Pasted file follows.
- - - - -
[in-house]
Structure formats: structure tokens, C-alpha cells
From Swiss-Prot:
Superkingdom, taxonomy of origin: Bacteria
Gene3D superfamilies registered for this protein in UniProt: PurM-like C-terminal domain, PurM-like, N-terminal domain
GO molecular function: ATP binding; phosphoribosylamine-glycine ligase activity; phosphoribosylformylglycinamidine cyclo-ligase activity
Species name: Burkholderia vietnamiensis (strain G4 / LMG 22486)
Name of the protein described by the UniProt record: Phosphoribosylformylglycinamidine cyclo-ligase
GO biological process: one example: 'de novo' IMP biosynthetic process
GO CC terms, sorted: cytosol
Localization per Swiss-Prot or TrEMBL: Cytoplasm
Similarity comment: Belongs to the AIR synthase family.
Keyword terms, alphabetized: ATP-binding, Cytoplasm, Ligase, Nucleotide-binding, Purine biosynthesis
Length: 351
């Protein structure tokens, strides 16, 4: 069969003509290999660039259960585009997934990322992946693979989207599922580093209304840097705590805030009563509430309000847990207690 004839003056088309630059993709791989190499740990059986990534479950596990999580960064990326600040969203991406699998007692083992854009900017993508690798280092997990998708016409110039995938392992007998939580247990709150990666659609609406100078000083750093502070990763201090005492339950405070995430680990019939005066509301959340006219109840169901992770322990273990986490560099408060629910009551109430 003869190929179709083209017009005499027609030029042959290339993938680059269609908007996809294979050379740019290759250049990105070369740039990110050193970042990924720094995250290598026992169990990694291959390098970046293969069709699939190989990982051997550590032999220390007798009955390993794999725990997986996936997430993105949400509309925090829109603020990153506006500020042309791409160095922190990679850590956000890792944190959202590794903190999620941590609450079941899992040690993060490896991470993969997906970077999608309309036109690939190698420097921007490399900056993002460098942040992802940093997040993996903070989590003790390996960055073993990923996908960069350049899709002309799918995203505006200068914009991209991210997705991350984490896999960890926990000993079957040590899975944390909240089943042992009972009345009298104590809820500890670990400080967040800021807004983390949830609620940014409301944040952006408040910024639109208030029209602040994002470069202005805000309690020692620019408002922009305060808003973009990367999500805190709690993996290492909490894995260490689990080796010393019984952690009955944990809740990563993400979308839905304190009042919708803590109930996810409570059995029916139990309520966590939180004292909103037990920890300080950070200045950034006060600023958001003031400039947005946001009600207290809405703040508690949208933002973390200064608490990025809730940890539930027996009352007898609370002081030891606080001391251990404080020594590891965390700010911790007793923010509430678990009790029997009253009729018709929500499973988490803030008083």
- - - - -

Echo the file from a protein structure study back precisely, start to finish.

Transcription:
[in-house]
Structure formats: structure tokens, C-alpha cells
From Swiss-Prot:
Superkingdom, taxonomy of origin: Bacteria
Gene3D superfamilies registered for this protein in UniProt: PurM-like C-terminal domain, PurM-like, N-terminal domain
GO molecular function: ATP binding; phosphoribosylamine-glycine ligase activity; phosphoribosylformylglycinamidine cyclo-ligase activity
Species name: Burkholderia vietnamiensis (strain G4 / LMG 22486)
Name of the protein described by the UniProt record: Phosphoribosylformylglycinamidine cyclo-ligase
GO biological process: one example: 'de novo' IMP biosynthetic process
GO CC terms, sorted: cytosol
Localization per Swiss-Prot or TrEMBL: Cytoplasm
Similarity comment: Belongs to the AIR synthase family.
Keyword terms, alphabetized: ATP-binding, Cytoplasm, Ligase, Nucleotide-binding, Purine biosynthesis
Length: 351
């Protein structure tokens, strides 16, 4: 069969003509290999660039259960585009997934990322992946693979989207599922580093209304840097705590805030009563509430309000847990207690 004839003056088309630059993709791989190499740990059986990534479950596990999580960064990326600040969203991406699998007692083992854009900017993508690798280092997990998708016409110039995938392992007998939580247990709150990666659609609406100078000083750093502070990763201090005492339950405070995430680990019939005066509301959340006219109840169901992770322990273990986490560099408060629910009551109430 003869190929179709083209017009005499027609030029042959290339993938680059269609908007996809294979050379740019290759250049990105070369740039990110050193970042990924720094995250290598026992169990990694291959390098970046293969069709699939190989990982051997550590032999220390007798009955390993794999725990997986996936997430993105949400509309925090829109603020990153506006500020042309791409160095922190990679850590956000890792944190959202590794903190999620941590609450079941899992040690993060490896991470993969997906970077999608309309036109690939190698420097921007490399900056993002460098942040992802940093997040993996903070989590003790390996960055073993990923996908960069350049899709002309799918995203505006200068914009991209991210997705991350984490896999960890926990000993079957040590899975944390909240089943042992009972009345009298104590809820500890670990400080967040800021807004983390949830609620940014409301944040952006408040910024639109208030029209602040994002470069202005805000309690020692620019408002922009305060808003973009990367999500805190709690993996290492909490894995260490689990080796010393019984952690009955944990809740990563993400979308839905304190009042919708803590109930996810409570059995029916139990309520966590939180004292909103037990920890300080950070200045950034006060600023958001003031400039947005946001009600207290809405703040508690949208933002973390200064608490990025809730940890539930027996009352007898609370002081030891606080001391251990404080020594590891965390700010911790007793923010509430678990009790029997009253009729018709929500499973988490803030008083």